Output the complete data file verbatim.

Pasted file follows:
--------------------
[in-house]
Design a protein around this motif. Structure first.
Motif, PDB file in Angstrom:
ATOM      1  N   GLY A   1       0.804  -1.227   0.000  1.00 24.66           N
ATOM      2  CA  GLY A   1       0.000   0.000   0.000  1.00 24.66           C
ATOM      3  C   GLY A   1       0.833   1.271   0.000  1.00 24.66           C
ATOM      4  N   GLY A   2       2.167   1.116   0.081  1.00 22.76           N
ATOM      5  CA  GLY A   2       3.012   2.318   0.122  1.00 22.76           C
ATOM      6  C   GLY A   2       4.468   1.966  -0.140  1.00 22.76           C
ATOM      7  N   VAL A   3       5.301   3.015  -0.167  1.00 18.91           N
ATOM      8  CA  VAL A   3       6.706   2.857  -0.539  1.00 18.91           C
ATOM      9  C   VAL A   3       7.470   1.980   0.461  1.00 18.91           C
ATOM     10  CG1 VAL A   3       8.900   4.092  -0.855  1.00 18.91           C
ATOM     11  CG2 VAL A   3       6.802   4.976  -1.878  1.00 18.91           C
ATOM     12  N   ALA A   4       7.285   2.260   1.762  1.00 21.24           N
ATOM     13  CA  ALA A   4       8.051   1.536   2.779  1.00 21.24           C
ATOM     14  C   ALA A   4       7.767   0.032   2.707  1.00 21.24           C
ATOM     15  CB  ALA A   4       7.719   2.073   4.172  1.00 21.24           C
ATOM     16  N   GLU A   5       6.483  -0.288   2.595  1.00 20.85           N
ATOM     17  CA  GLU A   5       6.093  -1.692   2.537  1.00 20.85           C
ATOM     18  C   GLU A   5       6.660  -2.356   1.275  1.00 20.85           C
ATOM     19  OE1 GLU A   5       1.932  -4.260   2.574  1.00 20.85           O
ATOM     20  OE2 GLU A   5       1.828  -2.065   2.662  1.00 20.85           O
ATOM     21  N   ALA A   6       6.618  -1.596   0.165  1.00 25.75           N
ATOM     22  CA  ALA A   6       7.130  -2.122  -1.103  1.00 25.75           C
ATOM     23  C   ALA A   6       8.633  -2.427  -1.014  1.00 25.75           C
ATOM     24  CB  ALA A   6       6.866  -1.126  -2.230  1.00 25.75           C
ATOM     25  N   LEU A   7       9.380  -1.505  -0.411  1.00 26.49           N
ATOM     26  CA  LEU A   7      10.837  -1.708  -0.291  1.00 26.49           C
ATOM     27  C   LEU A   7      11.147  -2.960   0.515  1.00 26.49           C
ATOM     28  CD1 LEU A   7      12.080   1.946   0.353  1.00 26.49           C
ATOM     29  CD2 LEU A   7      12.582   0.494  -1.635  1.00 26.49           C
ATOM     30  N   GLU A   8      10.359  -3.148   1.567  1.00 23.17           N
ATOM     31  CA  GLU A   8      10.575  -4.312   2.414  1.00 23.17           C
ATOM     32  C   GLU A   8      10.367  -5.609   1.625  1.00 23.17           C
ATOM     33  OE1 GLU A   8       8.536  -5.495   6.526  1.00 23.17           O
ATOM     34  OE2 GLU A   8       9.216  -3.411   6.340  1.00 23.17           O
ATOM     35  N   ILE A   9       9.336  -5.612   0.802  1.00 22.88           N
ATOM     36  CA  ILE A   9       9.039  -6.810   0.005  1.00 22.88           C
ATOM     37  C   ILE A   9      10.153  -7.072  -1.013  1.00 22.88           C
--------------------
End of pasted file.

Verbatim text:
[in-house]
Design a protein around this motif. Structure first.
Motif, PDB file in Angstrom:
ATOM      1  N   GLY A   1       0.804  -1.227   0.000  1.00 24.66           N
ATOM      2  CA  GLY A   1       0.000   0.000   0.000  1.00 24.66           C
ATOM      3  C   GLY A   1       0.833   1.271   0.000  1.00 24.66           C
ATOM      4  N   GLY A   2       2.167   1.116   0.081  1.00 22.76           N
ATOM      5  CA  GLY A   2       3.012   2.318   0.122  1.00 22.76           C
ATOM      6  C   GLY A   2       4.468   1.966  -0.140  1.00 22.76           C
ATOM      7  N   VAL A   3       5.301   3.015  -0.167  1.00 18.91           N
ATOM      8  CA  VAL A   3       6.706   2.857  -0.539  1.00 18.91           C
ATOM      9  C   VAL A   3       7.470   1.980   0.461  1.00 18.91           C
ATOM     10  CG1 VAL A   3       8.900   4.092  -0.855  1.00 18.91           C
ATOM     11  CG2 VAL A   3       6.802   4.976  -1.878  1.00 18.91           C
ATOM     12  N   ALA A   4       7.285   2.260   1.762  1.00 21.24           N
ATOM     13  CA  ALA A   4       8.051   1.536   2.779  1.00 21.24           C
ATOM     14  C   ALA A   4       7.767   0.032   2.707  1.00 21.24           C
ATOM     15  CB  ALA A   4       7.719   2.073   4.172  1.00 21.24           C
ATOM     16  N   GLU A   5       6.483  -0.288   2.595  1.00 20.85           N
ATOM     17  CA  GLU A   5       6.093  -1.692   2.537  1.00 20.85           C
ATOM     18  C   GLU A   5       6.660  -2.356   1.275  1.00 20.85           C
ATOM     19  OE1 GLU A   5       1.932  -4.260   2.574  1.00 20.85           O
ATOM     20  OE2 GLU A   5       1.828  -2.065   2.662  1.00 20.85           O
ATOM     21  N   ALA A   6       6.618  -1.596   0.165  1.00 25.75           N
ATOM     22  CA  ALA A   6       7.130  -2.122  -1.103  1.00 25.75           C
ATOM     23  C   ALA A   6       8.633  -2.427  -1.014  1.00 25.75           C
ATOM     24  CB  ALA A   6       6.866  -1.126  -2.230  1.00 25.75           C
ATOM     25  N   LEU A   7       9.380  -1.505  -0.411  1.00 26.49           N
ATOM     26  CA  LEU A   7      10.837  -1.708  -0.291  1.00 26.49           C
ATOM     27  C   LEU A   7      11.147  -2.960   0.515  1.00 26.49           C
ATOM     28  CD1 LEU A   7      12.080   1.946   0.353  1.00 26.49           C
ATOM     29  CD2 LEU A   7      12.582   0.494  -1.635  1.00 26.49           C
ATOM     30  N   GLU A   8      10.359  -3.148   1.567  1.00 23.17           N
ATOM     31  CA  GLU A   8      10.575  -4.312   2.414  1.00 23.17           C
ATOM     32  C   GLU A   8      10.367  -5.609   1.625  1.00 23.17           C
ATOM     33  OE1 GLU A   8       8.536  -5.495   6.526  1.00 23.17           O
ATOM     34  OE2 GLU A   8       9.216  -3.411   6.340  1.00 23.17           O
ATOM     35  N   ILE A   9       9.336  -5.612   0.802  1.00 22.88           N
ATOM     36  CA  ILE A   9       9.039  -6.810   0.005  1.00 22.88           C
ATOM     37  C   ILE A   9      10.153  -7.072  -1.013  1.00 22.88           C